So, if you follow me on social media. you have no doubt heard my slightly dramatic posts about not being able to sleep well.
To be honest, I don’t know when it happened. I used to be able to sleep fine, and nothing in my life really changed.
But, that doesn’t take away from the fact that eventually, I decided, I must address the lack of sleep I’m getting.
So I started trying things, and trying more things, gave up for a bit, and then tried some more. And here is what I found most helpful.
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It’s hard to know what the problem even is if you have no data. And maybe I’m just an overly data-driven person but knowing the quality of my sleep, and other important analytics helped me track my best nights of sleep and my worst. From there I looked at my notes within the app and tried to find patterns. Mostly I found if I went to bed around 10 pm, my sleep had a longer duration, and the quality was better.
It’s a free app to use and I’ve found it very accurate. That being said, I don’t know how accurate it would work if you have other people in your bed.
The app also has a “natural” alarm that helps ease wake times and eliminates the heart attack typical alarms induce.
2. Essential Oils
I NEVER thought I would be someone to say I use essential oils. I was the type of person to scoff at anyone using them for healing purposes. And while I maintain they probably won’t cure your cancer, they do help with relaxation and have a general calming effect.
My favorite one is this one. It is composed of Lavender, blue yarrow, and cypress and it is an amazing scent.
Lavender also happens to be the go-to scent to start with when people want to try aromatherapy for sleep. It has a calming effect and relieves nervous exhaustion.
For more medical information on the impact of scent, essential oils, and sleep, click here.
How to use them: Apply a dab to pulse points, temples, and chest. Breathe deeply.
3. No screens
I know, it’s hard. And we so often like to catch up on our Netflix shows before we go to bed. But removing my laptop and eliminating screen time directly before I try to fall asleep has improved my sleep quality immensely.
I found reading a better alternative and a better “wind-down” activity to not impact the chance of a successful REM sleep.
According to the National Sleep Foundation, the impact of artificial light affects our body’s natural ability to wind down and begin to produce melatonin. Our body then misses signals to be asleep and to be awake. And screens, in particular, emit blue light which is especially harmful to the body’s natural inclination to start producing melatonin. For more info on the effects of blue light, click here.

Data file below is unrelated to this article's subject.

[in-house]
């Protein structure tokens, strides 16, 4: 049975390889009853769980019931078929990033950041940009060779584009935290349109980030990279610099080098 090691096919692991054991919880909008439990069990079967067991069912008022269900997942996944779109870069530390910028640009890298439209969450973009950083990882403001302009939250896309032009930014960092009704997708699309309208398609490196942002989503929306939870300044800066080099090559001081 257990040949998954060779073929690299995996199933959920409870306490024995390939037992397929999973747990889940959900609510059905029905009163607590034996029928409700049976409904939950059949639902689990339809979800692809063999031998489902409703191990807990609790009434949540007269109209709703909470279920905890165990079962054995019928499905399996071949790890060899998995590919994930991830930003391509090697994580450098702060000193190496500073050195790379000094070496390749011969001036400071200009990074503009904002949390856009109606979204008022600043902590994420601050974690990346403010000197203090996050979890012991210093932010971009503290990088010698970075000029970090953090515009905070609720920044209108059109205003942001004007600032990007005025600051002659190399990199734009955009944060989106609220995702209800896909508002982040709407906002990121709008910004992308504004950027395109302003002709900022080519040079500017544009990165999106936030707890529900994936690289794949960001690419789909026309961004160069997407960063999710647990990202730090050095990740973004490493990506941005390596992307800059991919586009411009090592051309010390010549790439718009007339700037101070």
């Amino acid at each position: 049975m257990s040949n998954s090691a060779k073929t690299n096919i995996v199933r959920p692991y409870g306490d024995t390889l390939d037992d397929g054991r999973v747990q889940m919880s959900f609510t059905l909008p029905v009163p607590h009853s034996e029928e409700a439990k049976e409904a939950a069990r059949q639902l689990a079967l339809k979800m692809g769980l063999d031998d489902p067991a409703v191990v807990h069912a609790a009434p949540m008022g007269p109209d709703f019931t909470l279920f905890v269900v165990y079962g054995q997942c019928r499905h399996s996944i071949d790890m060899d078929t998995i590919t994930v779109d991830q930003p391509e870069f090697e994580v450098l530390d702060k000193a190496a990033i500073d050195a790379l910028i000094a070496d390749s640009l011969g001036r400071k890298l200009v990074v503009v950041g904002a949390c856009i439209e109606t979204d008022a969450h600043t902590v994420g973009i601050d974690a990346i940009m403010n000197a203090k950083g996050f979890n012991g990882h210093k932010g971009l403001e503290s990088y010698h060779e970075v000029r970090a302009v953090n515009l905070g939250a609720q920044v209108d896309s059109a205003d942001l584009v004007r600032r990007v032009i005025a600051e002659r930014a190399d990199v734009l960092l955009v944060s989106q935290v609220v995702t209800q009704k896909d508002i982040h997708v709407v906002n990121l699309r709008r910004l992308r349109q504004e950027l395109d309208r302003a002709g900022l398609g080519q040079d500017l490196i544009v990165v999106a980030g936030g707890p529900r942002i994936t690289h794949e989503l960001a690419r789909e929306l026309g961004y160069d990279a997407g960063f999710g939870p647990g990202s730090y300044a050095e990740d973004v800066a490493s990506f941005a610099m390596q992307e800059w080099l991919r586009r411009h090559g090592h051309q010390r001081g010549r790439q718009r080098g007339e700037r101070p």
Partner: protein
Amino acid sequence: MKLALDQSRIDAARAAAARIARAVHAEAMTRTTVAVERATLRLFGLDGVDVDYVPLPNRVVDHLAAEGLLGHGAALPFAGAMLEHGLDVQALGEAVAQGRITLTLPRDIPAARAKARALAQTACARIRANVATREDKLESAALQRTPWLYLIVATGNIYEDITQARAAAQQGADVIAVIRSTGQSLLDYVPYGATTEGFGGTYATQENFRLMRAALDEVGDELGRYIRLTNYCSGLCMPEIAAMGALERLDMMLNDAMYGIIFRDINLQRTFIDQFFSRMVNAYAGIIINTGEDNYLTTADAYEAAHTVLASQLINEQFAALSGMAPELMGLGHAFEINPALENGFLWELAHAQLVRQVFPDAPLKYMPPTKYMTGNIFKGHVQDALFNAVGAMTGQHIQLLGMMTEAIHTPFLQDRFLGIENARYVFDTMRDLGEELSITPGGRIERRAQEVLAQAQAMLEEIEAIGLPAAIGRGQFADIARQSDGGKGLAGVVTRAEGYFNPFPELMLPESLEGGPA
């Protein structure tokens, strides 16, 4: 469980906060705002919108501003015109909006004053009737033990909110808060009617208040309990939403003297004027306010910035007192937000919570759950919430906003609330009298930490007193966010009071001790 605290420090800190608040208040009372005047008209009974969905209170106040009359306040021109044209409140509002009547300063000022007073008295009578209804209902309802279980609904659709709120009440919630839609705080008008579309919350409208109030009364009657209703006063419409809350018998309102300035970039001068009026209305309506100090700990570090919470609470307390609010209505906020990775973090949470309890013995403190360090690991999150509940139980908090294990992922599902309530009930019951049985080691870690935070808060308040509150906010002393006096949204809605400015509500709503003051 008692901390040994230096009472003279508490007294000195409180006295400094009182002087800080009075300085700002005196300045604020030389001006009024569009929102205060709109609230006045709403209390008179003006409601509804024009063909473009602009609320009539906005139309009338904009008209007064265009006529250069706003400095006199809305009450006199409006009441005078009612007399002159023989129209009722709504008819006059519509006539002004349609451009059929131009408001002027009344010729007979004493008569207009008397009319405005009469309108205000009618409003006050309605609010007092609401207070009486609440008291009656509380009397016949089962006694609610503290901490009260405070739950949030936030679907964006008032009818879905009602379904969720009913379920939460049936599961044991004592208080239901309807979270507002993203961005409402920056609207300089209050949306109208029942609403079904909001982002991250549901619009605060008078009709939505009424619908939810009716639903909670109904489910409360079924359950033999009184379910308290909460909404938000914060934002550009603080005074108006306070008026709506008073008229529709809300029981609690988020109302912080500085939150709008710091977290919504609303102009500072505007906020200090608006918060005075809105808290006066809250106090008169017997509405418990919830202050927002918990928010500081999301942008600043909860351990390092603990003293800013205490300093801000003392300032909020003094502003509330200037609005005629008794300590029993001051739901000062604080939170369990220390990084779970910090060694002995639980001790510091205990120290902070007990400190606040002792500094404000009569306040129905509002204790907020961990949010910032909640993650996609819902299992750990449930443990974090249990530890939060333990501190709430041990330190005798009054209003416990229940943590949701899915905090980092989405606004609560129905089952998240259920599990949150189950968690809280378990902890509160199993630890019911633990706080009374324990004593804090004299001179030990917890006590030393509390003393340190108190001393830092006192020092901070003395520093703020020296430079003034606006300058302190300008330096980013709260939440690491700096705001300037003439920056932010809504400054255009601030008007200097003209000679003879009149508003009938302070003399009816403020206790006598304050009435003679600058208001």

This also means putting my phone away at least one hour before I want to go bed. I shoot for an hour, although sometimes only managed to do 30 minutes. But, not staring at a screen 5 minutes before I”m trying to relax helped my mindset and relaxation, and also separated me from my inclination to do work so late at night.
Try reading, meditating, or deep breathing before you sleep, instead.
4. Comfortable environment
So, maybe it’s the designer in me but I can’t emphasize enough how much an aesthetically pleasing, and comfortable environment is. So, getting new sheets and new duvet was a nice plus to this experiment. And while I don’t have hard data to support this addition in helping my sleep… I do tend to think the more at home we feel, the easier it is to relax and the better our sleep cycle is.
And, the data generally supports this, as my sleep continued to improve after my bed makeover.
I opted for Brooklinen’s lux hardcore set and I not only loved the quality of the sheets, but I loved that they didn’t get hot in the night. I’ve been a long time supporter of Brooklinen. and I was excited to do a collaboration with them. Click here for 15% OFF their website, or check out their new store in Williamsburg, Brooklyn (127 kent).
I opted for the duvet in smoke stripe, the sheets in oat, and the pillowcases in white.
5. Check your supplements/vitamins
Through this process, I found I had a magnesium deficiency, and honestly, most of you do too (but check with your doctor first). This article goes into great depth about our magnesium levels and why you too probably have a deficiency. https://wellnessmama.com/3610/low-magnesium/
I’m not going to lie, I consume a lot of caffeine and a lot of processed food and that no doubt has contributed to my lack of magnesium. For the record, I keep the caffeine consumption to the early hours so it doesn’t hinder my sleep routine in the evening.
The inability to sleep and insomnia is a big red flag for magnesium deficiency. So check with your doctor and implement this easy fix if you find you need it.
And that brings us to another popular supplement. Melatonin. While I generally shy away from using it, I find using it on rare occasions has helped my sleep quality. I found it when I used it every night eventually it stopped working for me. But, for nights that I know I will struggle with sleep, it’s a nice “extra” help.
That being said, you should check with your doctor to make sure it’s the right step for you.
Sleep is crucial. And the quality, duration, and practices around your sleep are immensely impactful. I went from barely sleeping 4 hours to getting more 5.5 and 6 hours nights in less than a month. And was even able to sleep some 7 hour nights. While that may not be the fastest turnaround ever, the fact is sleep has so many variables and the root cause is often hard to track. The steps I mentioned above have definitely helped me improve my relationship with sleep and clock a few more hours this month. So, I encourage you to try them and let me know what does and doesn’t work for you!
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